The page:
Very few countries in the world are as inherently sustainable as Iceland.This island nation in the north Atlantic possesses many of the ideal components of sustainability, a cooperative government, like-minded citizens, vast and stunning landscapes, pure water sources, exceptional wildlife, and an overall commitment to the conservation of nature. In fact, Iceland Naturally proclaims that nature is, in fact, Iceland’s brand, and therefore the country must be “dedicated to preserving this natural wealth through responsible conservation“.
What this translates to for tourists is a relatively easy destination in which to travel sustainably. Due to its access to natural sources of hydro and geothermal energy, Iceland is the cleanest energy consumer in the world, with 75% of its total energy consumption coming from these natural sources. Additionally, Iceland topped the table of the 2010 Environmental Performance Index, as a world leader in pollution control, natural resource management, environmental public health, greenhouse gas emissions, and reforestation. Perlan is one of Reykjavik’s hot water storage tank systems and popular landmark tourist attraction. Perlan’s popularity demonstrates the unique combination of environmentalism and tourism that Iceland takes pride in.
The Icelandic Tourist Board is also keen to reward the country’s hotels, hostels, attractions, and tours with annual Environmental Awards, denoting a strong commitment to sustainability and environmental consciousness throughout the Icelandic tourism industry. Recent winners of the award have been the Blue Lagoon, Hostelling International’s Reykjavik Downtown and City Hostels, Elding Adventures at Sea, and Icelandic Mountain Guides.
The Blue Lagoon, one of Iceland’s most famous attractions, is a natural geothermal spa outside Reykjavik, and offers incredible relaxation experiences. With treatments, massages, saunas, and the star attraction – the lagoon itself, visitors have access to some of the most natural experiences in the world.
Conversely, Iceland’s natural experiences also include its wildlife and landscape, like whale watching tours with Elding. For adventurers, Icelandic Mountain Guides offer a huge variety of single and multi-day tours including mountain and ice climbing, horseback riding, bike tours, cross-country expeditions, and trekking and hiking opportunities.
Eco-conscious visitors can rest easy in Reykjavik, which is home to two environmentally friendly hostels – HI Reykjavik Downtown and HI Reykjavik City – who focus on ensuring their operations have a minimal impact on the environment. The hostels also believe in the importance of educating visitors on how they too can minimise their ecological footprint.
Outside Reykjavik and further along the south coast, travelers who are dedicated to enjoying the rest of Iceland should consider stopping at Hotel Anna for a couple nights. Situated on a working farm, this hotel is part of the Icelandic Farm Holidays group, an organisation dedicated to environmentally friendly tourism outside the Icelandic capital. Visitors to Hotel Anna, or any of the Icelandic Farm Holidays properties will be happy with the knowledge that their experience is sustainable, and contributing to the important cultural and nature tourism industry in Iceland. Amongst their members, Hotel Hellnar, Hotel Eldhestar, Hotel Fljótshlíð and Hotel Rauðaskriða have environmental certifications.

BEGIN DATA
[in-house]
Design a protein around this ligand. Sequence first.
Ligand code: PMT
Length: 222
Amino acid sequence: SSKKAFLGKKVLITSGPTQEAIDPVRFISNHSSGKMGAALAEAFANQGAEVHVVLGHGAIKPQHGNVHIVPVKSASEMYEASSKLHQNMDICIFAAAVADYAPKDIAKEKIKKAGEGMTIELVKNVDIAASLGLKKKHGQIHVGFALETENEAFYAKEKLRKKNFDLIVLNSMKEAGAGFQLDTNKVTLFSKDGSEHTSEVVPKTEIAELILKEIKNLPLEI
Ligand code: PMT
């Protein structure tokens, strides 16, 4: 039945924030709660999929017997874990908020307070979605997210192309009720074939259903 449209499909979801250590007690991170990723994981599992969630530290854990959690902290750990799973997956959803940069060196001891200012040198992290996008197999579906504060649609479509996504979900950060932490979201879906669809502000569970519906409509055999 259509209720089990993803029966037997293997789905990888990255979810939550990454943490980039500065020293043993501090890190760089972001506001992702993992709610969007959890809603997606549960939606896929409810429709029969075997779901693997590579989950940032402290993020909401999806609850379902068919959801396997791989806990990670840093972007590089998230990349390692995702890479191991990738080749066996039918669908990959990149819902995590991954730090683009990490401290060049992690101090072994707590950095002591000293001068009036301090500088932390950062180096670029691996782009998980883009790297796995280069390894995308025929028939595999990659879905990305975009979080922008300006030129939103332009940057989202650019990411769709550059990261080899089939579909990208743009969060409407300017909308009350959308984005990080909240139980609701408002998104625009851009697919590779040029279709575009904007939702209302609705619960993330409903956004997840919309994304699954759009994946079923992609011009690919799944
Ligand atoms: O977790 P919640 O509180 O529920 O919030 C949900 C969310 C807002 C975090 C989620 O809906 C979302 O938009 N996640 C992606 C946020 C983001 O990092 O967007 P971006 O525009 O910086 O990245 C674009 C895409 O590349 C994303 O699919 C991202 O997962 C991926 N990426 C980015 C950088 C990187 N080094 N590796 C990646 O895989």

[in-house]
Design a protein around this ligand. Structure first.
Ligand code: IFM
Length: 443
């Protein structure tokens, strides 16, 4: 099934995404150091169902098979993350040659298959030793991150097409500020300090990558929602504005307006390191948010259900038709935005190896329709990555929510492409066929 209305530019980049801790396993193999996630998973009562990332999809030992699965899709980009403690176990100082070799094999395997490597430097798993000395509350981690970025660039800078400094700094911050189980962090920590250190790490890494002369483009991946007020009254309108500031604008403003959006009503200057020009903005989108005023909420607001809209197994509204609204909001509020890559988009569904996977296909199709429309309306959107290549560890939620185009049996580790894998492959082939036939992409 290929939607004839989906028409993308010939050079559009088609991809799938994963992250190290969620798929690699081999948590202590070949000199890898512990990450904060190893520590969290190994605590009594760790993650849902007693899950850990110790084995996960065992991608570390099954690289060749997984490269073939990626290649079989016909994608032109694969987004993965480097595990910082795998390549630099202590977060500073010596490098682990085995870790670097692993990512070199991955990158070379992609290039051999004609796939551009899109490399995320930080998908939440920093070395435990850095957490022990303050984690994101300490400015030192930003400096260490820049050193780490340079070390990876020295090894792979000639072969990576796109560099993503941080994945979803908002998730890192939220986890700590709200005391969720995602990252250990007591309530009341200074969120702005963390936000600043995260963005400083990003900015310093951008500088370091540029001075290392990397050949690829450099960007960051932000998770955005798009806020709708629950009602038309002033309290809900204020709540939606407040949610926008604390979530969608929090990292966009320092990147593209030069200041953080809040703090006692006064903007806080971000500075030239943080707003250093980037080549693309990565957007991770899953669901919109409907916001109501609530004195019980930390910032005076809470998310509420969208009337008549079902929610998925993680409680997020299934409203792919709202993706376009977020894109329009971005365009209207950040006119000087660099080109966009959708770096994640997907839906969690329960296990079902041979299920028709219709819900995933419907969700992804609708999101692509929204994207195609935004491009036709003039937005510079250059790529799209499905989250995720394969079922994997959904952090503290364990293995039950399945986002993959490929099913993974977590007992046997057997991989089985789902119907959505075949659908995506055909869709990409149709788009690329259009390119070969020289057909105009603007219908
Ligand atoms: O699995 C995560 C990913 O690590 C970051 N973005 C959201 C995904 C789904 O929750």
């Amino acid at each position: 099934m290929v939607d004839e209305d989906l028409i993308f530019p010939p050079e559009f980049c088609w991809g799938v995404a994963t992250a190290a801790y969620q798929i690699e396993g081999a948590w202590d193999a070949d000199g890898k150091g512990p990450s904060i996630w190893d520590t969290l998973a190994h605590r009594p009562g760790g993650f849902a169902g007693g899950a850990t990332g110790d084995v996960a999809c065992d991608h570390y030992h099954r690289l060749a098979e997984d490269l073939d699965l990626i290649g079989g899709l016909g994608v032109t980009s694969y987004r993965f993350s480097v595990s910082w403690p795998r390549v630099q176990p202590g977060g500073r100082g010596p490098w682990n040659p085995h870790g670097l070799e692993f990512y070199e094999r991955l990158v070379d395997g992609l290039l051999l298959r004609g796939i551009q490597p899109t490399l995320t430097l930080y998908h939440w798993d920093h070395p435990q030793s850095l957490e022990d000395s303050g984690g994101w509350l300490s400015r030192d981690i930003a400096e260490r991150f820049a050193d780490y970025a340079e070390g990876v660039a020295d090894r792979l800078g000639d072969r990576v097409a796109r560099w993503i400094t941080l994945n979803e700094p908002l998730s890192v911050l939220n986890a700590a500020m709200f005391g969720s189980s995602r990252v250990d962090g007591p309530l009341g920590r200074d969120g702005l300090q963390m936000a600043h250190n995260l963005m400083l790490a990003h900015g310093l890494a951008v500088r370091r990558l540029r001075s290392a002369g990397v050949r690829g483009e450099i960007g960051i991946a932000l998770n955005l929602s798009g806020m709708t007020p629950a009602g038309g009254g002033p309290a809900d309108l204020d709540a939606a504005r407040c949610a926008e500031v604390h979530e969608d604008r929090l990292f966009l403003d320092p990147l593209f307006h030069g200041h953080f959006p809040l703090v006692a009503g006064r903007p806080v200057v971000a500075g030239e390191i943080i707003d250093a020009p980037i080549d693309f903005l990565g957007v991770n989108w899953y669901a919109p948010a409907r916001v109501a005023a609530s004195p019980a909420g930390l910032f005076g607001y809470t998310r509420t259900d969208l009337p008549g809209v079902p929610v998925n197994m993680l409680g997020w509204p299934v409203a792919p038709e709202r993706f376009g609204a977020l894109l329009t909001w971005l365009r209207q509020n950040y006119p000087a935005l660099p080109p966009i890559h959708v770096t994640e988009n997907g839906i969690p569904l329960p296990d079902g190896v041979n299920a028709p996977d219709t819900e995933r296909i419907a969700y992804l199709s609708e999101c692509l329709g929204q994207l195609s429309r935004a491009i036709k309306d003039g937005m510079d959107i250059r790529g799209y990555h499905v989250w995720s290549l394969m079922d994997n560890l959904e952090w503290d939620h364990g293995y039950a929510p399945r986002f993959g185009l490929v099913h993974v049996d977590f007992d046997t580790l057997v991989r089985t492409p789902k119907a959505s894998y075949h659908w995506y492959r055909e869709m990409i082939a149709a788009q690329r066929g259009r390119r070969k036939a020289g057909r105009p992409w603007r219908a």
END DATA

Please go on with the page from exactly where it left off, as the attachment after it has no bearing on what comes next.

Iceland’s relatively small population density (one person per 3 sq.km) also impacts the country’s ability to remain sustainable – its people do not inherently strain the environment, and the country’s current Tourism Strategy is committed to ensuring that any tourism-related strain “shall be distributed evenly over the entire country and its inhabitants and shall remain within the tolerance limits defined through research”. This demonstrates awareness of its carrying capacities, and dedication to ensuring that tourism enhances, rather than destroys, its natural and well-preserved nation.
The government is also keen to make overall travel, as well as sustainable travel, in Iceland as effortless as possible for its visitors. This includes providing tourists with information on their responsibility of protecting Iceland’s environment, thus increasing awareness and active responsibility by visitors. The country is also dedicated to promoting their nature and wilderness as key brand elements and images, to further reinforce the awareness and importance of Iceland’s natural brand and commitment to conservation.
It is as clear as Iceland’s glacier water that this country is special when it comes to natural beauty. Not only is the country a visual delight of landscapes and scenery, its people are wonderfully committed not only to preserving their country’s appeal and attractiveness, but to sharing it with like-minded global citizens who, like Icelanders, are passionate about natural beauty and sustaining spectacular environments for themselves and future generations. Iceland is a fantastic destination for any traveler, particularly adventurers of the eco-friendly persuasion.